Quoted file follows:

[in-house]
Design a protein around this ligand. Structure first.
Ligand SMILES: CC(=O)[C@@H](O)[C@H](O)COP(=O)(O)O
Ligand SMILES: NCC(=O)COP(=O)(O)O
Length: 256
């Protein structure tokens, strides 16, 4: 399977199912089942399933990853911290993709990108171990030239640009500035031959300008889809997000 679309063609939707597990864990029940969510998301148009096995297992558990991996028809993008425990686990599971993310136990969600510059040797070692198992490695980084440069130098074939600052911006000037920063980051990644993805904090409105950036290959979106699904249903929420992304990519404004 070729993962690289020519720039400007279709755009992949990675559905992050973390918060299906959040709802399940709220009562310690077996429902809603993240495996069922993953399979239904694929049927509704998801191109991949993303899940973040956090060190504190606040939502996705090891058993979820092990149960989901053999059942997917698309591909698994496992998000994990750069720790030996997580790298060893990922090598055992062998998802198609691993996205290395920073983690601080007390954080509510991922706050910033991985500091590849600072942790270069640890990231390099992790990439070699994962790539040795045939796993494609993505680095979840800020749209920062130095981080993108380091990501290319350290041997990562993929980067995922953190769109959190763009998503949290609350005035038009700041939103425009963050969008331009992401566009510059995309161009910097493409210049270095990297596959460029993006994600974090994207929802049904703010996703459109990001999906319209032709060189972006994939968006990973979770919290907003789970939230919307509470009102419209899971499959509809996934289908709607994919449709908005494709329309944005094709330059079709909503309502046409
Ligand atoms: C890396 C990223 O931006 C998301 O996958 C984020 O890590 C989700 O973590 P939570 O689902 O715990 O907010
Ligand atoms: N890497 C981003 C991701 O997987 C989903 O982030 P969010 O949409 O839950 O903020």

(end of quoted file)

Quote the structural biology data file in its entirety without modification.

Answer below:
[in-house]
Design a protein around this ligand. Structure first.
Ligand SMILES: CC(=O)[C@@H](O)[C@H](O)COP(=O)(O)O
Ligand SMILES: NCC(=O)COP(=O)(O)O
Length: 256
């Protein structure tokens, strides 16, 4: 399977199912089942399933990853911290993709990108171990030239640009500035031959300008889809997000 679309063609939707597990864990029940969510998301148009096995297992558990991996028809993008425990686990599971993310136990969600510059040797070692198992490695980084440069130098074939600052911006000037920063980051990644993805904090409105950036290959979106699904249903929420992304990519404004 070729993962690289020519720039400007279709755009992949990675559905992050973390918060299906959040709802399940709220009562310690077996429902809603993240495996069922993953399979239904694929049927509704998801191109991949993303899940973040956090060190504190606040939502996705090891058993979820092990149960989901053999059942997917698309591909698994496992998000994990750069720790030996997580790298060893990922090598055992062998998802198609691993996205290395920073983690601080007390954080509510991922706050910033991985500091590849600072942790270069640890990231390099992790990439070699994962790539040795045939796993494609993505680095979840800020749209920062130095981080993108380091990501290319350290041997990562993929980067995922953190769109959190763009998503949290609350005035038009700041939103425009963050969008331009992401566009510059995309161009910097493409210049270095990297596959460029993006994600974090994207929802049904703010996703459109990001999906319209032709060189972006994939968006990973979770919290907003789970939230919307509470009102419209899971499959509809996934289908709607994919449709908005494709329309944005094709330059079709909503309502046409
Ligand atoms: C890396 C990223 O931006 C998301 O996958 C984020 O890590 C989700 O973590 P939570 O689902 O715990 O907010
Ligand atoms: N890497 C981003 C991701 O997987 C989903 O982030 P969010 O949409 O839950 O903020």